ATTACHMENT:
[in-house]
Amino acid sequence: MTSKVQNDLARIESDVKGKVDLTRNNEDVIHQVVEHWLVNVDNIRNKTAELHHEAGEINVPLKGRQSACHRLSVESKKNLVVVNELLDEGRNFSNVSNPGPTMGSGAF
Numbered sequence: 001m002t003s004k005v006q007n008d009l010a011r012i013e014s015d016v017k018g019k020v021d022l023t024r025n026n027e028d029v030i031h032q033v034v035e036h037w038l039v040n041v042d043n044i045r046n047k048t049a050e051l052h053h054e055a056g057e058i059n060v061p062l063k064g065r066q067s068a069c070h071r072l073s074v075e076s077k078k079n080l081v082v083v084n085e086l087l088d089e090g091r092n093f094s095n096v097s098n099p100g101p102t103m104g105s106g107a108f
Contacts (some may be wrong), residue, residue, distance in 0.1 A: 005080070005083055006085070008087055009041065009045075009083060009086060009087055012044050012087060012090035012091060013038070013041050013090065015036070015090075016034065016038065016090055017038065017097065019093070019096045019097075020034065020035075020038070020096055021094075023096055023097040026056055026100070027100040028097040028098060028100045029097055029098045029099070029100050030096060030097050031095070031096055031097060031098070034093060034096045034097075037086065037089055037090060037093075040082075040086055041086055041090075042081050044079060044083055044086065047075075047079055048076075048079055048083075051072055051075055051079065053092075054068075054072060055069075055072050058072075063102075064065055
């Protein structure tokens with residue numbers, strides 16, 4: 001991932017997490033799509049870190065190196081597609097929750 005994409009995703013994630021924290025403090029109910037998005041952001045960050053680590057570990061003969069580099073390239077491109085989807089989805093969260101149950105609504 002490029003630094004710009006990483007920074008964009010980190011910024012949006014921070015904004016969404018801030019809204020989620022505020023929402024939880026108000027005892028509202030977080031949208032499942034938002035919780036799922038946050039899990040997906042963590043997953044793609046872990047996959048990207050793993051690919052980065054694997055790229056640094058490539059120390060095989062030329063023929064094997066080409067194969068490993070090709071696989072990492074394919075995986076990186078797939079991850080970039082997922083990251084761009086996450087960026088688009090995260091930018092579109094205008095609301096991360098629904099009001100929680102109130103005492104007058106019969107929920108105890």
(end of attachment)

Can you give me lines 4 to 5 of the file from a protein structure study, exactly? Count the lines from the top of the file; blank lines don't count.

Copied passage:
Contacts (some may be wrong), residue, residue, distance in 0.1 A: 005080070005083055006085070008087055009041065009045075009083060009086060009087055012044050012087060012090035012091060013038070013041050013090065015036070015090075016034065016038065016090055017038065017097065019093070019096045019097075020034065020035075020038070020096055021094075023096055023097040026056055026100070027100040028097040028098060028100045029097055029098045029099070029100050030096060030097050031095070031096055031097060031098070034093060034096045034097075037086065037089055037090060037093075040082075040086055041086055041090075042081050044079060044083055044086065047075075047079055048076075048079055048083075051072055051075055051079065053092075054068075054072060055069075055072050058072075063102075064065055
């Protein structure tokens with residue numbers, strides 16, 4: 001991932017997490033799509049870190065190196081597609097929750 005994409009995703013994630021924290025403090029109910037998005041952001045960050053680590057570990061003969069580099073390239077491109085989807089989805093969260101149950105609504 002490029003630094004710009006990483007920074008964009010980190011910024012949006014921070015904004016969404018801030019809204020989620022505020023929402024939880026108000027005892028509202030977080031949208032499942034938002035919780036799922038946050039899990040997906042963590043997953044793609046872990047996959048990207050793993051690919052980065054694997055790229056640094058490539059120390060095989062030329063023929064094997066080409067194969068490993070090709071696989072990492074394919075995986076990186078797939079991850080970039082997922083990251084761009086996450087960026088688009090995260091930018092579109094205008095609301096991360098629904099009001100929680102109130103005492104007058106019969107929920108105890």